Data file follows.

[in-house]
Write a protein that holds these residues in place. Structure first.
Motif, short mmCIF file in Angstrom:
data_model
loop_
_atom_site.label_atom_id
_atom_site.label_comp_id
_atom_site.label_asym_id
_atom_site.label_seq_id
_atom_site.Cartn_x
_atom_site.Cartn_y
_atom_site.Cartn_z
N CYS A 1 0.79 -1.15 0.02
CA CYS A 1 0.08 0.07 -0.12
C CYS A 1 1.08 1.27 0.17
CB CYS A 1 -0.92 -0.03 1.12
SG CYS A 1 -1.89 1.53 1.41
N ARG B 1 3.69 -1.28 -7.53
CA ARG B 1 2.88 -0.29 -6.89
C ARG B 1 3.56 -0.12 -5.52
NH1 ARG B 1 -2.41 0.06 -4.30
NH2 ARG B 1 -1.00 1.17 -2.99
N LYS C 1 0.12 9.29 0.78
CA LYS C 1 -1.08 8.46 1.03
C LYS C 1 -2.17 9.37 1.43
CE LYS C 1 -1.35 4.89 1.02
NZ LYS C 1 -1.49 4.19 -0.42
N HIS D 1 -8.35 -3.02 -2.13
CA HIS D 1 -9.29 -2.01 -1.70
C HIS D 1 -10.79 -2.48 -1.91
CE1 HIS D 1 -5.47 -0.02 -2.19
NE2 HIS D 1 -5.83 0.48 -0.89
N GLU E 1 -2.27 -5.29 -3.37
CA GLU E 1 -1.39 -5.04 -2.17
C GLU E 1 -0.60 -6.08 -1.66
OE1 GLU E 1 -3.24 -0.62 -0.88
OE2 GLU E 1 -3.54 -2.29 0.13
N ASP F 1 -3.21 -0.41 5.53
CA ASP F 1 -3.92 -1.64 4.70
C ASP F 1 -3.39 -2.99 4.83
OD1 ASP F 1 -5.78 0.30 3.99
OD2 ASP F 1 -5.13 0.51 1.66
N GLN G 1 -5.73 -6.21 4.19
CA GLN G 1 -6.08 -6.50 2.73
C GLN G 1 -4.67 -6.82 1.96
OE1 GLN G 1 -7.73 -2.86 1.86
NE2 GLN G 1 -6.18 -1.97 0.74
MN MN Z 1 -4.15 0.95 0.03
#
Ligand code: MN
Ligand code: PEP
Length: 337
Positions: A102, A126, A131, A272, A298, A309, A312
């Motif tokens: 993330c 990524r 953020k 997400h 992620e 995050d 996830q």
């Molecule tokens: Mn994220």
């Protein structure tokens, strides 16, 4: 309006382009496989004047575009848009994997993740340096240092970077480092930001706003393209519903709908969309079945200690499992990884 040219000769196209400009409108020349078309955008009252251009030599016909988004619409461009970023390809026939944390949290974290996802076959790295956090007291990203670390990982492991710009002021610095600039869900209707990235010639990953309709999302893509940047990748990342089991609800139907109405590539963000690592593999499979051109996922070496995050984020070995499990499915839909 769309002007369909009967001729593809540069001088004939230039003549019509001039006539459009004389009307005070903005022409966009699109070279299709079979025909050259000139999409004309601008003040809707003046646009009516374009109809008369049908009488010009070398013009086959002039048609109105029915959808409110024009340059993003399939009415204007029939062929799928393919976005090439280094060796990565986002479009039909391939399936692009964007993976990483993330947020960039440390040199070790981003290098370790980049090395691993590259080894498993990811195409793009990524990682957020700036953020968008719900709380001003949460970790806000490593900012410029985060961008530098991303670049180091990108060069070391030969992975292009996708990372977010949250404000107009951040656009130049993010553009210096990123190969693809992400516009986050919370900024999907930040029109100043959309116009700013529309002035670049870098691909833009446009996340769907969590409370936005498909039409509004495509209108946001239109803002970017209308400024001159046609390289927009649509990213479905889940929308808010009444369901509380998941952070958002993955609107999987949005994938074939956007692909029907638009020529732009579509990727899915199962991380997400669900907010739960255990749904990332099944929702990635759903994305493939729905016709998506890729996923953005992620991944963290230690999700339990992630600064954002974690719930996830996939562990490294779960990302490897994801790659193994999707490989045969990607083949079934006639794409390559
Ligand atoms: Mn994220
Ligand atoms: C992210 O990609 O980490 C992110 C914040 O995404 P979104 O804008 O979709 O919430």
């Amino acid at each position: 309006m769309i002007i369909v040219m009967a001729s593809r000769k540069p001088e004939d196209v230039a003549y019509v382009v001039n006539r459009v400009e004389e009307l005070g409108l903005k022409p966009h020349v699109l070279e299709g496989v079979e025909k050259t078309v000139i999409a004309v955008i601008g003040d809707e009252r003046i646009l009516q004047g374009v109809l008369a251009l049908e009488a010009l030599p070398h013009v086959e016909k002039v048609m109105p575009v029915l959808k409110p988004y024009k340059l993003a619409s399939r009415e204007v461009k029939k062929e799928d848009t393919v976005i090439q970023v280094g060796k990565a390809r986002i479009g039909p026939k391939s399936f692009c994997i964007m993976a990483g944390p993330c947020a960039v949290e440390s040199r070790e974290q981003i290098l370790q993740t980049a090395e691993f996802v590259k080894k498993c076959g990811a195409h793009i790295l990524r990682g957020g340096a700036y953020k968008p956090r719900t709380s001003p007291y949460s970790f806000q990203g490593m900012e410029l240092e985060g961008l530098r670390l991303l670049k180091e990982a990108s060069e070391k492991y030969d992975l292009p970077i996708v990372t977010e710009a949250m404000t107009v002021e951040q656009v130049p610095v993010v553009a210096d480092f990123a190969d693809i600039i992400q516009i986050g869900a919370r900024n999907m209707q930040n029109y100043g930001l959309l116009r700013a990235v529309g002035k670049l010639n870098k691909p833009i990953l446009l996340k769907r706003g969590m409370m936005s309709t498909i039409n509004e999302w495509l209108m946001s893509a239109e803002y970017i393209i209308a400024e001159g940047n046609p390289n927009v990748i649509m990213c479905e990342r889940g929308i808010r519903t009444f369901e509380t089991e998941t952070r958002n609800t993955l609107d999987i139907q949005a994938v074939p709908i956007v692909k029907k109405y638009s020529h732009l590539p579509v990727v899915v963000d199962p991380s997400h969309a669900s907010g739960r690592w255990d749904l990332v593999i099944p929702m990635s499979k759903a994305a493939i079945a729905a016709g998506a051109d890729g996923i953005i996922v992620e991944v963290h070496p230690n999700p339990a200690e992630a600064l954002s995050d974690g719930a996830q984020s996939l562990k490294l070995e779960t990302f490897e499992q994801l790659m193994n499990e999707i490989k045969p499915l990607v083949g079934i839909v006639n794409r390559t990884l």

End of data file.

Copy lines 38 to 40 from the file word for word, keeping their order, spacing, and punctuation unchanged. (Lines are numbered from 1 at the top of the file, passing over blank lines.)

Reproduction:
N ASP F 1 -3.21 -0.41 5.53
CA ASP F 1 -3.92 -1.64 4.70
C ASP F 1 -3.39 -2.99 4.83